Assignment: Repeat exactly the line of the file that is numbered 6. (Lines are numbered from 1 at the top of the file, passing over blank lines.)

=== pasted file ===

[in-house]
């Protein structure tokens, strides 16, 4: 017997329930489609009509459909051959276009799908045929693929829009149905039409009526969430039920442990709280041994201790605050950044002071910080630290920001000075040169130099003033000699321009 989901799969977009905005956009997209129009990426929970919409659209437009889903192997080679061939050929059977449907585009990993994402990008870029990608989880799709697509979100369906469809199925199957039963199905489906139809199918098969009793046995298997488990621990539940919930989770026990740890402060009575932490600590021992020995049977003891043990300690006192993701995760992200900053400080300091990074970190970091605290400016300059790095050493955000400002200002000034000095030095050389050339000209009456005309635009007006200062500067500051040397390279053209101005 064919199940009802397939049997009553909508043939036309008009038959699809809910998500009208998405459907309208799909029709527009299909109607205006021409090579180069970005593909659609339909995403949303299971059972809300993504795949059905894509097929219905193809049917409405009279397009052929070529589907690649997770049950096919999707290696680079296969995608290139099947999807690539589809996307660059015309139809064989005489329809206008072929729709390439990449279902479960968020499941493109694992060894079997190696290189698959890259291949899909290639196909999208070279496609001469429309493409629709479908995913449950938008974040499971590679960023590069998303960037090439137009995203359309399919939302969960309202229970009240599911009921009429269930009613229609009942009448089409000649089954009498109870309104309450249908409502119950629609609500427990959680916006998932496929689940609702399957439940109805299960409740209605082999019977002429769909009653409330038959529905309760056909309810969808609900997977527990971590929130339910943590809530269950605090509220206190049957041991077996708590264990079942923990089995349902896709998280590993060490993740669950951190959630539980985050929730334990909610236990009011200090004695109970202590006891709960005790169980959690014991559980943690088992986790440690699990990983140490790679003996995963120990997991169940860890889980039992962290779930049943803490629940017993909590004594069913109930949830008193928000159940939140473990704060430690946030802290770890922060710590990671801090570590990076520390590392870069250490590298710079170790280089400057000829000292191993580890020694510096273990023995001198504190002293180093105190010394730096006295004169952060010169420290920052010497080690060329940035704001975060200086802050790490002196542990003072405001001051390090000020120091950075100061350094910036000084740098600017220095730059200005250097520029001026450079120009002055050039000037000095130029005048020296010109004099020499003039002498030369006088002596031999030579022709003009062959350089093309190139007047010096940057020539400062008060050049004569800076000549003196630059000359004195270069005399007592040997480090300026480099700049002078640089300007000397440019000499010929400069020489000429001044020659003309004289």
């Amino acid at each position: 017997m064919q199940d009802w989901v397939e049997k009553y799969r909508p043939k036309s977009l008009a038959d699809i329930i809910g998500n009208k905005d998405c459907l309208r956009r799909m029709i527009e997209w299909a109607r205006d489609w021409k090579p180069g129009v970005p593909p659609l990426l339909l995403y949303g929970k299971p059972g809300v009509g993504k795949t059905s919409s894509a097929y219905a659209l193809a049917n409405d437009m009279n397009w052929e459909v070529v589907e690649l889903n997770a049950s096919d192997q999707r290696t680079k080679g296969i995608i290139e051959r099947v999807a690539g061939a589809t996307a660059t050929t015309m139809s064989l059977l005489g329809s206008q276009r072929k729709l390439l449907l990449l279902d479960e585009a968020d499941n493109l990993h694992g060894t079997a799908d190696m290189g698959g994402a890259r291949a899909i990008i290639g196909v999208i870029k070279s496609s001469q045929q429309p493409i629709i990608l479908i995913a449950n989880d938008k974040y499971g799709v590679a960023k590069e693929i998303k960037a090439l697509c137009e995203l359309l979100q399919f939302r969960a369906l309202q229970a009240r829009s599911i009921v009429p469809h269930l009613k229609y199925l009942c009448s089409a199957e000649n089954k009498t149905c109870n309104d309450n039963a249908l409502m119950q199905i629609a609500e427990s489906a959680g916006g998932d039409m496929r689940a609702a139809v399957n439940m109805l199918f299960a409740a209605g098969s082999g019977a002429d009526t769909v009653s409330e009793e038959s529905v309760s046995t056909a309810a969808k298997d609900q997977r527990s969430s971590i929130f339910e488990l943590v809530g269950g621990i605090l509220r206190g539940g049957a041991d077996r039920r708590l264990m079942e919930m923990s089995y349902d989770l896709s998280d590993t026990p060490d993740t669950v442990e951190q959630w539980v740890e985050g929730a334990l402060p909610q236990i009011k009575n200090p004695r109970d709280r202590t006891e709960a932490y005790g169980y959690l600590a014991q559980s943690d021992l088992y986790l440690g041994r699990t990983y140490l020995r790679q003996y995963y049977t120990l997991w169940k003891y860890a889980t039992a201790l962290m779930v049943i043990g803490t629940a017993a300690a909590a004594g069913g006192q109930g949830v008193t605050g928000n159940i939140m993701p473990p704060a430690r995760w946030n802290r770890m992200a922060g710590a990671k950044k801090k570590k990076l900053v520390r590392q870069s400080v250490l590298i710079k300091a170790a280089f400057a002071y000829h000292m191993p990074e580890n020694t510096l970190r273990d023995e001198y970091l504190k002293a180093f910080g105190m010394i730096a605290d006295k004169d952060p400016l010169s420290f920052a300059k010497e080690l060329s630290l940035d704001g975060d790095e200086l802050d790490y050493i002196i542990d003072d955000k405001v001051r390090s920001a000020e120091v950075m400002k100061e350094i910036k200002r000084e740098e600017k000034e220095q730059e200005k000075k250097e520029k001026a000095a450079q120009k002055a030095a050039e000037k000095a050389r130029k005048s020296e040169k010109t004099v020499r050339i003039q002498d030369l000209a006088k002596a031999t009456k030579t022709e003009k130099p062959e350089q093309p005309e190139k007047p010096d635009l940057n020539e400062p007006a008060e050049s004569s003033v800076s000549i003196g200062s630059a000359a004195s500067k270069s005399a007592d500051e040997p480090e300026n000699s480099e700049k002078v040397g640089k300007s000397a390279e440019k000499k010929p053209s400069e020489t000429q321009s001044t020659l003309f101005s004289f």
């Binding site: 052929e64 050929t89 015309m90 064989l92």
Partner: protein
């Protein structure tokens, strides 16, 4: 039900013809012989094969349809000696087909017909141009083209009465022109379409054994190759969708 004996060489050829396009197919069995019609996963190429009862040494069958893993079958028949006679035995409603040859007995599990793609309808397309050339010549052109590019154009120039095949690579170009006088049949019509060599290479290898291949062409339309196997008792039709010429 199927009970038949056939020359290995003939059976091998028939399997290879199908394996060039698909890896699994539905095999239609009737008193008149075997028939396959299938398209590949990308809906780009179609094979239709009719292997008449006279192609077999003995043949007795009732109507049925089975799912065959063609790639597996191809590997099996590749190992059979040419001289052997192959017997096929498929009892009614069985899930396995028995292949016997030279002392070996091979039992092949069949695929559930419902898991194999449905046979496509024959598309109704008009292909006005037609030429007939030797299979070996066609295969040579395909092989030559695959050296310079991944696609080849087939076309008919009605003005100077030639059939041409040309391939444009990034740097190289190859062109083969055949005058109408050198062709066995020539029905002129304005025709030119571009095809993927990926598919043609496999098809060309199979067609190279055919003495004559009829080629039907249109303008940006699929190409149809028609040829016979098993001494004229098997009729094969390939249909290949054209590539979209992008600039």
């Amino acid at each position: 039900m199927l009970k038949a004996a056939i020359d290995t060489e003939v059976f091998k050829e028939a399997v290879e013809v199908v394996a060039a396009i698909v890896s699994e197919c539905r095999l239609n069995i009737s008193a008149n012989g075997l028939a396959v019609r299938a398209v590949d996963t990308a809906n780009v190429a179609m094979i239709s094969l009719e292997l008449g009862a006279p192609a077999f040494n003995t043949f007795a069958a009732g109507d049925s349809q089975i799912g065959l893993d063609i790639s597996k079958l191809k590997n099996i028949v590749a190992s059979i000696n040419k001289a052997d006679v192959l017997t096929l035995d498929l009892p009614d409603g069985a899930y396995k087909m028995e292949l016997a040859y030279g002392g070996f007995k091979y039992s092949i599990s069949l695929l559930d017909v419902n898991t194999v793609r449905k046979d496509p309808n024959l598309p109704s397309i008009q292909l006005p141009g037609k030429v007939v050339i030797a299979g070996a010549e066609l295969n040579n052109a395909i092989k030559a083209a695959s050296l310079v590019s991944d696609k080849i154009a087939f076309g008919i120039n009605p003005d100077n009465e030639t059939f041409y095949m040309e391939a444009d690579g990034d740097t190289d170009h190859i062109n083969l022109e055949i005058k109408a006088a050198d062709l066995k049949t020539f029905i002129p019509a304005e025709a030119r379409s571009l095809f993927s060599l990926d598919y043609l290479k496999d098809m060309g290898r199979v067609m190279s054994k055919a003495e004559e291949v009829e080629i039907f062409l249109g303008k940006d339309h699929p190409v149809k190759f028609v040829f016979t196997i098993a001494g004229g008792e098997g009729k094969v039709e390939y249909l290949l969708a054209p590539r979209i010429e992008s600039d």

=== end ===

């Protein structure tokens, strides 16, 4: 039900013809012989094969349809000696087909017909141009083209009465022109379409054994190759969708 004996060489050829396009197919069995019609996963190429009862040494069958893993079958028949006679035995409603040859007995599990793609309808397309050339010549052109590019154009120039095949690579170009006088049949019509060599290479290898291949062409339309196997008792039709010429 199927009970038949056939020359290995003939059976091998028939399997290879199908394996060039698909890896699994539905095999239609009737008193008149075997028939396959299938398209590949990308809906780009179609094979239709009719292997008449006279192609077999003995043949007795009732109507049925089975799912065959063609790639597996191809590997099996590749190992059979040419001289052997192959017997096929498929009892009614069985899930396995028995292949016997030279002392070996091979039992092949069949695929559930419902898991194999449905046979496509024959598309109704008009292909006005037609030429007939030797299979070996066609295969040579395909092989030559695959050296310079991944696609080849087939076309008919009605003005100077030639059939041409040309391939444009990034740097190289190859062109083969055949005058109408050198062709066995020539029905002129304005025709030119571009095809993927990926598919043609496999098809060309199979067609190279055919003495004559009829080629039907249109303008940006699929190409149809028609040829016979098993001494004229098997009729094969390939249909290949054209590539979209992008600039």